Smaller pieces sell well in home office furniture
Thomas Russell -- Casual Living, April 21, 2010
Sauder’s Rocket office group is a hit with buyers. They like its smaller scale and its contemporary metal and glass footprint.
AT THE MARKET — In the home office arena, size obviously matters here.
And we're not talking 72-inch executive desks or massive modular wall units.
According to some top sources in the category, retailers are gravitating more toward much smaller desk footprints suitable for laptop use. Depending on the source, popular models use either a combination of veneers and solid woods, or are laminate or glass top versions that can be shipped in a flat pack format.
Coaster is having success with a number of new desks with metal frames and 36- to 40-inch glass top work surfaces. Retailing from $99 to $129, the desks have compact footprints and functional features such as pull-out laptop trays.
The company also reports strong interest and order writing on new desks with frosted or white glass work surfaces in L-shaped configurations. Also popular is a new $199-retail ready-to-assemble desk concept called ConnectIt, which has a flip top feature in the back revealing a power pack with electric sockets and network plugs.
"At these price points, it's instant gratification for the consumer," said Toby Konetzny, director of marketing.
RTA specialist Sauder Woodworking is seeing strong interest in its new August Hill, Shoal Creek and Edgewater desks, which feature 48-inch work surfaces and retail around $149. Popular companion pieces include the Edgewater Tech Center, a 40-inch-tall by 29-inch-wide work center with two doors and a shelf for a printer, which retails at $149.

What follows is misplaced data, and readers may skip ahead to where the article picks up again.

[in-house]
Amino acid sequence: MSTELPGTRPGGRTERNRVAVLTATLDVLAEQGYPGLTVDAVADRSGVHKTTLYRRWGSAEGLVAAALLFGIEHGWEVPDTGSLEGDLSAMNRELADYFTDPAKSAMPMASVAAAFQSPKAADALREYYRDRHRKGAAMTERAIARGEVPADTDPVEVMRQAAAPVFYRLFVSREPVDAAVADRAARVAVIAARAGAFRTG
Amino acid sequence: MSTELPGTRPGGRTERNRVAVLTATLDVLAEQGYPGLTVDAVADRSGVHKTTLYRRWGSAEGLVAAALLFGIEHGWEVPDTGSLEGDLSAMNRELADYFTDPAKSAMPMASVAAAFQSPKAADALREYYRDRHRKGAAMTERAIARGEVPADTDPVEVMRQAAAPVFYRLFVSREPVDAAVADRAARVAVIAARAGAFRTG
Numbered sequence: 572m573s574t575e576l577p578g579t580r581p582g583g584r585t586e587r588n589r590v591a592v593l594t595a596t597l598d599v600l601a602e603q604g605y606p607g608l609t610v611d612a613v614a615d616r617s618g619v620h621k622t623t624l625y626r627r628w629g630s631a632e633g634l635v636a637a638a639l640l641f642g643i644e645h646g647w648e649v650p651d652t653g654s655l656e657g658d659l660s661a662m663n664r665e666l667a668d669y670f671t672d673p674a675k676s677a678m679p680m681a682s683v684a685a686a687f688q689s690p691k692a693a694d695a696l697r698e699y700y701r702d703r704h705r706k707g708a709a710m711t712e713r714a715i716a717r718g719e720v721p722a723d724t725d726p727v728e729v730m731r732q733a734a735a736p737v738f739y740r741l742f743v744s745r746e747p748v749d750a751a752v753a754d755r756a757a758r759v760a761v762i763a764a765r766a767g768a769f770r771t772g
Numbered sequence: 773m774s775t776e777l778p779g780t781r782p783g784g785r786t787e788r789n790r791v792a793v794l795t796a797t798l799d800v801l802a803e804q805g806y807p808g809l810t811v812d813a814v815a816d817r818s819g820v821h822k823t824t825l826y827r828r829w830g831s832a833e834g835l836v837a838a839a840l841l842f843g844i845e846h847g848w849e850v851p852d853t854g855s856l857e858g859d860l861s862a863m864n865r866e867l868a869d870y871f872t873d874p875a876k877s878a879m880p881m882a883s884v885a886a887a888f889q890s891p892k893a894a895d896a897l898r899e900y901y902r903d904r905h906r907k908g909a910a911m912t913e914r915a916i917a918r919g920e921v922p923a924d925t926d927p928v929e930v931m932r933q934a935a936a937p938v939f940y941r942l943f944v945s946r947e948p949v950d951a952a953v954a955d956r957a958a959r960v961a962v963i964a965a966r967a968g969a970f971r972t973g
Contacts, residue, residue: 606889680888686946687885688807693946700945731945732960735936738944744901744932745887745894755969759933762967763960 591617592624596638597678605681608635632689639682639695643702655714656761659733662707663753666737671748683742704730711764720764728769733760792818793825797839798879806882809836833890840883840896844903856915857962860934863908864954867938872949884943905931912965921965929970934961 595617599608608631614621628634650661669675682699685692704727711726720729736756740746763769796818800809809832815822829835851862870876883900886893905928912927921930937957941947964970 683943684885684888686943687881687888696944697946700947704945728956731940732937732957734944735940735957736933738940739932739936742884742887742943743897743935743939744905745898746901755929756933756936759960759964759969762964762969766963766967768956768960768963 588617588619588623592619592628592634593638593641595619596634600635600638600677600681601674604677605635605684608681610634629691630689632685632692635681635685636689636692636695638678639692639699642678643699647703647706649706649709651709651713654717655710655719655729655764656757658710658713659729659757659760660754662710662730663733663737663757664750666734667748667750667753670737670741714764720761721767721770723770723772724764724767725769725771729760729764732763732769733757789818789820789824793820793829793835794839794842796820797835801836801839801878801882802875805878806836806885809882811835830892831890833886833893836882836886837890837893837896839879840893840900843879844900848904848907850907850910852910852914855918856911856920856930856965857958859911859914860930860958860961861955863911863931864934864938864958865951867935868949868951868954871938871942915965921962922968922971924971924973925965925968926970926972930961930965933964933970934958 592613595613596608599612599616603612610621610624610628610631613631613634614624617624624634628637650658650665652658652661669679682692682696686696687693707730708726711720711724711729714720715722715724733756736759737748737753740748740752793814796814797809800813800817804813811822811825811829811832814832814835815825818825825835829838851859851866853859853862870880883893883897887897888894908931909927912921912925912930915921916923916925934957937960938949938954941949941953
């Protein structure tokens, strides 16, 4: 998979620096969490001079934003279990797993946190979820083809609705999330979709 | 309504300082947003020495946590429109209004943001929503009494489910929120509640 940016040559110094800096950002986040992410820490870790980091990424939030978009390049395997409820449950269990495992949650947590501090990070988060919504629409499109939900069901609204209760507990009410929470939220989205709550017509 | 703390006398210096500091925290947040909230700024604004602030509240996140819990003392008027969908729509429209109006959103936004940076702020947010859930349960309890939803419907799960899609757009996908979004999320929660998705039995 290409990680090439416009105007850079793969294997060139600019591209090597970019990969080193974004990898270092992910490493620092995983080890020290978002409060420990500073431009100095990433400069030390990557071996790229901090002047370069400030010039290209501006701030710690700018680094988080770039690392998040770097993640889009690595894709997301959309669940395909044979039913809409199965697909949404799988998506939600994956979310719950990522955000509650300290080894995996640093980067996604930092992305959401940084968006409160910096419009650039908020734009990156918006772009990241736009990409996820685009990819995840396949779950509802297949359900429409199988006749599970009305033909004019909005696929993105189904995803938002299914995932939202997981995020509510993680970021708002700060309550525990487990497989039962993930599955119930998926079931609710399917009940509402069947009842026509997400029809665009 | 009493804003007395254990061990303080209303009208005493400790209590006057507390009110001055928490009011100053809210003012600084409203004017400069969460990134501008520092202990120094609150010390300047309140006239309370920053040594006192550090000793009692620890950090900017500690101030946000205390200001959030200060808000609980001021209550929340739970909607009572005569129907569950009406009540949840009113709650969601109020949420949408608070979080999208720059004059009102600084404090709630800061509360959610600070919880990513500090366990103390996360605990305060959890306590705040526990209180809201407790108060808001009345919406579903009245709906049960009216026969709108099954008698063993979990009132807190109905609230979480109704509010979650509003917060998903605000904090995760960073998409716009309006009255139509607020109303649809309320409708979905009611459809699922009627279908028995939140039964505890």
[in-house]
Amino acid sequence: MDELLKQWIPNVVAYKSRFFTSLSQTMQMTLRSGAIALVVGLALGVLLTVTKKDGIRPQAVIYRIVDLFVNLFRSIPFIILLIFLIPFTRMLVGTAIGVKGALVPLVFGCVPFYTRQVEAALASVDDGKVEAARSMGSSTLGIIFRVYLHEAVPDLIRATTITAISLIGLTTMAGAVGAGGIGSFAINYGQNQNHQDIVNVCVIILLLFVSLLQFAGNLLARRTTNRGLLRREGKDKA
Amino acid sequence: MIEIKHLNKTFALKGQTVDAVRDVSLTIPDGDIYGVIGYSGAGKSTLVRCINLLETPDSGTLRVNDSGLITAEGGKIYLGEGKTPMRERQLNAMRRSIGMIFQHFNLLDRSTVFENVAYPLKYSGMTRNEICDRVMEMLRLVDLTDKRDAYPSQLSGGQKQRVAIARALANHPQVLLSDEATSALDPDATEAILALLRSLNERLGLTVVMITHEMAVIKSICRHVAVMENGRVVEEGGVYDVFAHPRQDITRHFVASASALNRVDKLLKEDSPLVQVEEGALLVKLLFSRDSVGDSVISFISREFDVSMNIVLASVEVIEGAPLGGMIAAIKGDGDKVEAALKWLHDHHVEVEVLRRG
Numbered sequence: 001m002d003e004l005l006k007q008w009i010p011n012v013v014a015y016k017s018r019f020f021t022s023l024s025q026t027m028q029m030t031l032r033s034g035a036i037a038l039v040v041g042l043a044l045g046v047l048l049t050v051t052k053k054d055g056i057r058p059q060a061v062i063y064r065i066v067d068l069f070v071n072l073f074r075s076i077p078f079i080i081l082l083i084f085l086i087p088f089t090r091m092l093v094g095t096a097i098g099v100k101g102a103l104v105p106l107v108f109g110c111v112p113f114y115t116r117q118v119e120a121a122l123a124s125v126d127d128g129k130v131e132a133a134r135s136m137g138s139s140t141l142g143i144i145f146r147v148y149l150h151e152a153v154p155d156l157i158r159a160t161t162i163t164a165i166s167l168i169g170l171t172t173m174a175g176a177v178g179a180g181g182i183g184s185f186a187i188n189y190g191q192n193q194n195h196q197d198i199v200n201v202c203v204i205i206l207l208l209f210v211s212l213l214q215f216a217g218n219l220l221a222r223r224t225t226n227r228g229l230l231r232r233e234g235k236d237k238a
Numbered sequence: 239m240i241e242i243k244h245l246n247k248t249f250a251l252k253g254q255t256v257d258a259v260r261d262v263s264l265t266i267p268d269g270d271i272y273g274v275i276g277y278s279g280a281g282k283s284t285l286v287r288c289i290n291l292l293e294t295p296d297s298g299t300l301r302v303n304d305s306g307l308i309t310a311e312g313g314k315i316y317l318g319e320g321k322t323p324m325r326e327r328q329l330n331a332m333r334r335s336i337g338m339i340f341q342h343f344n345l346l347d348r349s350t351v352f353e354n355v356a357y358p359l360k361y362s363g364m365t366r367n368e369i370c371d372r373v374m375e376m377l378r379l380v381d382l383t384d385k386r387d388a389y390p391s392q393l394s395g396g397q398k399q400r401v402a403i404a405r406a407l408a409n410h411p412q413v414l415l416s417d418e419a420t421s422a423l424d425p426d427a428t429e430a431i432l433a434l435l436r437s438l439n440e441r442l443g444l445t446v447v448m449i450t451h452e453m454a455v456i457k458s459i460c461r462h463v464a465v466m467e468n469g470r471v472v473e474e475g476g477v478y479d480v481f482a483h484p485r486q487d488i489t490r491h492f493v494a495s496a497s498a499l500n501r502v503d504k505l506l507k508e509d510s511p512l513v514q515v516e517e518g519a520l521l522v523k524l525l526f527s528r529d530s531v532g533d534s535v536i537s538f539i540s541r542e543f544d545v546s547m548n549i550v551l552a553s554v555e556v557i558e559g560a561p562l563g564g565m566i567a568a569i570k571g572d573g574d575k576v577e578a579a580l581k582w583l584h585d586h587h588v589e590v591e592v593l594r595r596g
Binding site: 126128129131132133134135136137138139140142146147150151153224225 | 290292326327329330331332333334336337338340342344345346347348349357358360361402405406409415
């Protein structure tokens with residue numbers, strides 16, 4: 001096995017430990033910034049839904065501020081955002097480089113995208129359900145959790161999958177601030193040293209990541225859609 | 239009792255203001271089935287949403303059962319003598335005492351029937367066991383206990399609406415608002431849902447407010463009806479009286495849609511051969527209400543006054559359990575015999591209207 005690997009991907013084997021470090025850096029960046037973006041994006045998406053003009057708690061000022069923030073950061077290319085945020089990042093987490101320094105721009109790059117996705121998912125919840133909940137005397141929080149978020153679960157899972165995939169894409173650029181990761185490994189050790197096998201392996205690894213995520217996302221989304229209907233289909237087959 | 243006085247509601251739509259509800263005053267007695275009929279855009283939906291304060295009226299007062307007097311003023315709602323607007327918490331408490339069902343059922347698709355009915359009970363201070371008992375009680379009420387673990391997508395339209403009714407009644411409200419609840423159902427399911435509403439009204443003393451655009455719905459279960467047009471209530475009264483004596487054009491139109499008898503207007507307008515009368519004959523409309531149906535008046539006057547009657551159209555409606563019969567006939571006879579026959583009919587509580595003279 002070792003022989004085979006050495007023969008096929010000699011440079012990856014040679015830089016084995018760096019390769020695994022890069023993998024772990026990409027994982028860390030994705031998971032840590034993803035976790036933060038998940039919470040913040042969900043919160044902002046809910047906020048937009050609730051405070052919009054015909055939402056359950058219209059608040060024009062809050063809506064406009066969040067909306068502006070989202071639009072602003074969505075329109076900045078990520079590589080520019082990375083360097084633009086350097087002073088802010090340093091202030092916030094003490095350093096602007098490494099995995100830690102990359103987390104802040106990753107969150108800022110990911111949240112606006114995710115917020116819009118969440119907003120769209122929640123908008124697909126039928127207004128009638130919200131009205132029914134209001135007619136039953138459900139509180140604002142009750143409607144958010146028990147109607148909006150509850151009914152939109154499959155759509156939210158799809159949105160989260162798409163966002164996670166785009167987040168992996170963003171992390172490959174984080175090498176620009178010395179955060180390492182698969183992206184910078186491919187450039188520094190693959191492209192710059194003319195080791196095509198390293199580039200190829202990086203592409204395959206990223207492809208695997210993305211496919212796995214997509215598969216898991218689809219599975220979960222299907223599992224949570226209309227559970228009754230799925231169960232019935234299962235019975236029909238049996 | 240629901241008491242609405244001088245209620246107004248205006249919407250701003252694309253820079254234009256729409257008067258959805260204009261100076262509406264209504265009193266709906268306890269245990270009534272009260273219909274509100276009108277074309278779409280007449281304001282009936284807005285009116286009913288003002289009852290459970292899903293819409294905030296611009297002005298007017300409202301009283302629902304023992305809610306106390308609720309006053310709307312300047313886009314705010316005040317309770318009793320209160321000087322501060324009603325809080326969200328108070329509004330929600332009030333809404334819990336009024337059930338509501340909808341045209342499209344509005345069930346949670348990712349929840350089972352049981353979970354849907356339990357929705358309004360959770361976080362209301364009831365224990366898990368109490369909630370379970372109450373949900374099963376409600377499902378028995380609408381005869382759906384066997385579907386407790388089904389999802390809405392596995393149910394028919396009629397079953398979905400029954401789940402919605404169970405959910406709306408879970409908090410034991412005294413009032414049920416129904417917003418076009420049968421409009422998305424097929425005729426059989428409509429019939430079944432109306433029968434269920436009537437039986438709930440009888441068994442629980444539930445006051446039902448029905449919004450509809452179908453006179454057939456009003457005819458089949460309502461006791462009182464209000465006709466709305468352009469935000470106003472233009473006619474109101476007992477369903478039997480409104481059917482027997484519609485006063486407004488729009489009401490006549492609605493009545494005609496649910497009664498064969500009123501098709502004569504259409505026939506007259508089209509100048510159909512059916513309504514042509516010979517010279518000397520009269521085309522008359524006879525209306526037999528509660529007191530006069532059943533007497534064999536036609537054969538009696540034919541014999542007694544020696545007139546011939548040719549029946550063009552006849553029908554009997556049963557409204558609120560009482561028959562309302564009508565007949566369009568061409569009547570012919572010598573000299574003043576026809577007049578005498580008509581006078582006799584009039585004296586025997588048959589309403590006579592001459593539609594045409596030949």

Sauder's Rocket group is another popular home office series featuring one L-shaped glass top/metal frame desk retailing at $249 and a small desk with a mini-hutch that retails for $199.
RTA specialist Linon is having success with a group of clean-lined bookcases featuring solid-wood fronts with fluted details that hits retails of $99, $129 and $149.
Dealers also like Linon's new eight-piece solid pine Sheridan office group, which includes an L-shaped desk configuration with a corner unit as well as a companion bookcase, file cabinet and 46-inch desks. The desks retail at $129 to $199, while the bookcases and file cabinets retail for $139 and $149, respectively.
High-end case goods resource Sligh is receiving strong dealer interest in its smaller-scale executive desks, which feature 54- to 56-inch work surfaces, compared with the more typical 66- to 72-inch versions.
Other intros getting good responses include a 60-inch trestle desk and a 42-inch writing desk that retails for $599. Other writing desks in the line range from 56 to 72 inches.
Even some of Sligh's new modular units are smaller in scale, featuring a lower-profile hutch unit as well as sections with smaller work surfaces.
"People are downsizing and more and more people are working at home," said Bob Kreter, marketing and communications manager. "They may not have room to fit a 72-inch desk so they are looking for something smaller."
Other sources offering smaller desk footprints this market include Signature Home Furnishings and Chintaly Imports.